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Banning TikTok Is Bad Policy, Says ITIF

April 19, 2024

WASHINGTON—Ahead of a planned vote in the U.S. House of Representatives to force TikTok to be sold or banned in the United States due to national security concerns, the Information Technology and Innovation Foundation (ITIF), the leading think tank for science and technology policy, released the following statement from ITIF Vice President Daniel Castro:

The TikTok ban is bad policy, plain and simple. It will not reduce national security threats, prevent foreign election interference, or halt the spread of misinformation online. It will not solve concerns about consumer privacy, teen online safety, or cybersecurity. And it will not stop China’s techno-nationalist agenda.
The reasons are clear. First, TikTok is not a national security threat. Even if the Chinese government demanded access to user data, the app is not collecting particularly sensitive data. If the United States is concerned about Chinese apps having access to data about Americans, then it should ban all Chinese apps. But such bans would likely be ineffective, especially if users can sideload apps or access the content through a web browser. Second, the Chinese government can spread misinformation about foreign or domestic issues on any social network, and claims that TikTok manipulates its algorithm to promote Chinese interests are still only speculation.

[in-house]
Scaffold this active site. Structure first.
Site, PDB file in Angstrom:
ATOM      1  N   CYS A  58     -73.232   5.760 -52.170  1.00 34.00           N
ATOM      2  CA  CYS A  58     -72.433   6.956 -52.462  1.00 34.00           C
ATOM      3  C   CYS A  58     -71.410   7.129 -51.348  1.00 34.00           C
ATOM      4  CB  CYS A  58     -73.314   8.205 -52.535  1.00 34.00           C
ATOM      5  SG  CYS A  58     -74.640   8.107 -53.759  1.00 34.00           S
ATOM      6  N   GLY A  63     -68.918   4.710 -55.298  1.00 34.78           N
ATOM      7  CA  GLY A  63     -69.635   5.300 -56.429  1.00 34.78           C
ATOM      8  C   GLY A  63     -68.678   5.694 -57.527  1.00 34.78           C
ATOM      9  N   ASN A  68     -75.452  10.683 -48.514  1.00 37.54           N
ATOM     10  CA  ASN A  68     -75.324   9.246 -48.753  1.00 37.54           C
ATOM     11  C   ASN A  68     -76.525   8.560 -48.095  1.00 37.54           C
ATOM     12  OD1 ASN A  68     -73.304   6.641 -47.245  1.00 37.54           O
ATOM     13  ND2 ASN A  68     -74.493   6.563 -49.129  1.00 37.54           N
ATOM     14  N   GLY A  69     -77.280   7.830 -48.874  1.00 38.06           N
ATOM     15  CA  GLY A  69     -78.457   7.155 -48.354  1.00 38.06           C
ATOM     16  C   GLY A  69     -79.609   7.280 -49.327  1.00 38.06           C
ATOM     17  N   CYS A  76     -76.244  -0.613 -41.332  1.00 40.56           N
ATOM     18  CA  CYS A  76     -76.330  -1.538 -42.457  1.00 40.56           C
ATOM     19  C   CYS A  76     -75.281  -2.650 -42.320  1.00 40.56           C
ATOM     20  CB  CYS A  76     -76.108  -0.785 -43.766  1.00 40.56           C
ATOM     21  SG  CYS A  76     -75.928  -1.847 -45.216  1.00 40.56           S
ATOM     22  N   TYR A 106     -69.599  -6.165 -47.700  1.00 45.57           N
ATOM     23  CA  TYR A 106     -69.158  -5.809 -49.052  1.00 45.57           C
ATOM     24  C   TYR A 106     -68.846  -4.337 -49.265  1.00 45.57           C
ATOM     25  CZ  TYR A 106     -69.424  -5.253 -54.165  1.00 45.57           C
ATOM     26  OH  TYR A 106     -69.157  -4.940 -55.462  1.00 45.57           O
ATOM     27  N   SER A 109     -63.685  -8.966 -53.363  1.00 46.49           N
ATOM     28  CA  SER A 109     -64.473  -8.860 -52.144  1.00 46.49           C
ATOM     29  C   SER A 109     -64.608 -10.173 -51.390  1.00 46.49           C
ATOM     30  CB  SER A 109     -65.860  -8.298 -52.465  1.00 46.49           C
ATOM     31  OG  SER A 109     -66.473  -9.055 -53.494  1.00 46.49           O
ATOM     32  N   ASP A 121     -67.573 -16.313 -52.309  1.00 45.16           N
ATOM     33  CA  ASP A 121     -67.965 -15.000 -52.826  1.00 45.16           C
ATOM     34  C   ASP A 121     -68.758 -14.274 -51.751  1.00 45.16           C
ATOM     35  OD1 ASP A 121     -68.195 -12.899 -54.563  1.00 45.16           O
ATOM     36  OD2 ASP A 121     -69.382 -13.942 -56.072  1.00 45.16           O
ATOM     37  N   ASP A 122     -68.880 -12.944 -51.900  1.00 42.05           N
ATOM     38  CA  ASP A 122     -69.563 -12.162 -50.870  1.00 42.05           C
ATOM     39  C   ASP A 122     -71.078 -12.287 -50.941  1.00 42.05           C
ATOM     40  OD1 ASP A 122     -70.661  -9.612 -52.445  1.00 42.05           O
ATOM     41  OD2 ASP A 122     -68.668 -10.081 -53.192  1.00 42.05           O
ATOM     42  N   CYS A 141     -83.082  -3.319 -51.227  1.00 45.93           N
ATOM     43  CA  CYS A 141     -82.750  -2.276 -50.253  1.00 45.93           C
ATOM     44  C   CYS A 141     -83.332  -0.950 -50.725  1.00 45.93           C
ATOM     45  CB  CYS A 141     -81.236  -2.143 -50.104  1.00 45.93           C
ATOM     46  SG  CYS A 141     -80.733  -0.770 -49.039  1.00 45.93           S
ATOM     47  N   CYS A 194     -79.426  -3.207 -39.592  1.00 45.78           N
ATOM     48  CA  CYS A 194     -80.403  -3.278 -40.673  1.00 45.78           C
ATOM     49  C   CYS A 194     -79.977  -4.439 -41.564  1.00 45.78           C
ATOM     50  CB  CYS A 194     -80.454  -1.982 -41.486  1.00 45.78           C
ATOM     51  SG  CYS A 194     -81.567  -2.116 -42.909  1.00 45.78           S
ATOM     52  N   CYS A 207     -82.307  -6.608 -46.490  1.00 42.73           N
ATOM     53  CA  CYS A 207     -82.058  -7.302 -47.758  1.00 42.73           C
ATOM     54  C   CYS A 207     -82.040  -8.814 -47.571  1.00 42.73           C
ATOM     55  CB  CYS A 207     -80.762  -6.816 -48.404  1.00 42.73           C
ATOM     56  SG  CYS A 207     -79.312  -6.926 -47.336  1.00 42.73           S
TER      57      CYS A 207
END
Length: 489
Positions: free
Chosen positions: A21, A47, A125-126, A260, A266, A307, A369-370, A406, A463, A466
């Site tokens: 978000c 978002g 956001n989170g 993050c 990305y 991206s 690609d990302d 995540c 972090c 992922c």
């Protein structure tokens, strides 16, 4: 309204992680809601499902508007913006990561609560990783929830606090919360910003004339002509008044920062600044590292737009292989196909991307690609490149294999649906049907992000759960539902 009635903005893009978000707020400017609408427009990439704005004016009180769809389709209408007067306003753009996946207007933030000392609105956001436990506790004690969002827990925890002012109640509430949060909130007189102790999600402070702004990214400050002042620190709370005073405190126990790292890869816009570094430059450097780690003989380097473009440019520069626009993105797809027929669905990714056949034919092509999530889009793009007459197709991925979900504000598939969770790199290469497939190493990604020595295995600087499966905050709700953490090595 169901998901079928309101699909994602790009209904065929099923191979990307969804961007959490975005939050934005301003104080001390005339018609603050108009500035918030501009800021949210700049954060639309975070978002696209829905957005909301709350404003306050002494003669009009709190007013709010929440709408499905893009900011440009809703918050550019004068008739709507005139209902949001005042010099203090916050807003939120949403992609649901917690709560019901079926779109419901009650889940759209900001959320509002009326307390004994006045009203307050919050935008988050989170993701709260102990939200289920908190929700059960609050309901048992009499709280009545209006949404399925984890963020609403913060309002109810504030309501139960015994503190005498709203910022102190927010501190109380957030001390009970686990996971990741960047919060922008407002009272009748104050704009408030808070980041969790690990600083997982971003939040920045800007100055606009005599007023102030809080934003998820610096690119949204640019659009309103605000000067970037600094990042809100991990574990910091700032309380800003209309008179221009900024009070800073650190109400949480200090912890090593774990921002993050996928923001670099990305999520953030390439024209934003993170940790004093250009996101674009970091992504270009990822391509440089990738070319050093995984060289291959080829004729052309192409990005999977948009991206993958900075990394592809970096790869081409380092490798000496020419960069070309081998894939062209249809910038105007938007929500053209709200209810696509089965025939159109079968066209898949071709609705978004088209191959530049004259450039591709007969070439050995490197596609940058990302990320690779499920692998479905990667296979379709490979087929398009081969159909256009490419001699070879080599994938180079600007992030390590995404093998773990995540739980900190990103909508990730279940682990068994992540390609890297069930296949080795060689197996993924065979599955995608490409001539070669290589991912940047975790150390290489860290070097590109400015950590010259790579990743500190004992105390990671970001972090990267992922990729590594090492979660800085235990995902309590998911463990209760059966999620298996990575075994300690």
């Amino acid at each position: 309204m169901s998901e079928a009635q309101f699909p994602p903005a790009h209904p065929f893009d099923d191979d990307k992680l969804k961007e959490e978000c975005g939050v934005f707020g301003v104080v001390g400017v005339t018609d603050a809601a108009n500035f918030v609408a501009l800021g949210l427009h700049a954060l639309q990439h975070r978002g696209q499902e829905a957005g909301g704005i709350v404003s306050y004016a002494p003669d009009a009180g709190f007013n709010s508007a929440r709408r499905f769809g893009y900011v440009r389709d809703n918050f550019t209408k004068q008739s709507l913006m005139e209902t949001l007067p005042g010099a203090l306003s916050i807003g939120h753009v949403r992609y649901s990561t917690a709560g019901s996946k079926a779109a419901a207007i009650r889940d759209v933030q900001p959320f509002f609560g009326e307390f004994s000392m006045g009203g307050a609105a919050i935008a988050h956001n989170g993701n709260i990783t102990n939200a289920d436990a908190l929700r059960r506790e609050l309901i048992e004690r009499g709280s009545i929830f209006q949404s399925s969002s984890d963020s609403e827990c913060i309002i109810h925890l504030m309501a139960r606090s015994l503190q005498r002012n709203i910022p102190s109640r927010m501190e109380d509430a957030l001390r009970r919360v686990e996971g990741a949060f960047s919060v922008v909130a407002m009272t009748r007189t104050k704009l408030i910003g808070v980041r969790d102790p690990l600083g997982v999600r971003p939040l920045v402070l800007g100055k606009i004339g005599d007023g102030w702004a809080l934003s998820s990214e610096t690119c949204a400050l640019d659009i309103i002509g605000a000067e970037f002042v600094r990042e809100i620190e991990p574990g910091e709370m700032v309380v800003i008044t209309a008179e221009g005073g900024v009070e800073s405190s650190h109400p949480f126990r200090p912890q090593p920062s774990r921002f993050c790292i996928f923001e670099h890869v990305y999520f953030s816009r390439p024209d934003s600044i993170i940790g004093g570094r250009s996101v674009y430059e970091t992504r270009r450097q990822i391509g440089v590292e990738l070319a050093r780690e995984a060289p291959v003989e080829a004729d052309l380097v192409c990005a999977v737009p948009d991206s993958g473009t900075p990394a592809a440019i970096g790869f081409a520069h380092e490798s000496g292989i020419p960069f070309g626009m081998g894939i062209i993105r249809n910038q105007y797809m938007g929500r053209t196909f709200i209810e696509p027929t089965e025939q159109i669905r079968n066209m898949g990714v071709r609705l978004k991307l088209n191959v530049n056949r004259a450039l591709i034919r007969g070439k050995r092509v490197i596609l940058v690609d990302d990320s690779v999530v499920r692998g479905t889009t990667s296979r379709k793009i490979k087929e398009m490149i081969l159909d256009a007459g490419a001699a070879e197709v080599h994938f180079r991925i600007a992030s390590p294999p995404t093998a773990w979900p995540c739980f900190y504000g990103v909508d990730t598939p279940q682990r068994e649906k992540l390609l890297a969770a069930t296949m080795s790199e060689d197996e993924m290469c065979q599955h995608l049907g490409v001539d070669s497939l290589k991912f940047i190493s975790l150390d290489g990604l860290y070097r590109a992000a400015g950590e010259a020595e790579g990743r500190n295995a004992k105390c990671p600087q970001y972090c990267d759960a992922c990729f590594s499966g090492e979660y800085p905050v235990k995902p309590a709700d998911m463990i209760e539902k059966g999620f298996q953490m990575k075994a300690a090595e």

And if a forced divesture fails—which is entirely possible—the resulting ban on TikTok would impact the millions of American content creators who use the platform to build an audience. It would hurt thousands of American businesses who use the social network to market their products and services. And it would harm the millions of American users of all ages who use the app for entertainment, education, news, and more.
Policymakers have legitimate concerns about Chinese-made apps and reciprocal access to China’s digital market, but they should address those issues through policies that are specific, scalable, and sound.
This vote is not only a make-or-break moment for TikTok, but a watershed moment on whether the United States will continue to uphold its support for a free and open Internet where restrictions are based on upholding the rule of law rather than arbitrary measures to block politically unpopular content.


The Information Technology and Innovation Foundation (ITIF) is an independent, nonprofit, nonpartisan research and educational institute focusing on the intersection of technological innovation and public policy. Recognized by its peers in the think tank community as the global center of excellence for science and technology policy, ITIF’s mission is to formulate and promote policy solutions that accelerate innovation and boost productivity to spur growth, opportunity, and progress.

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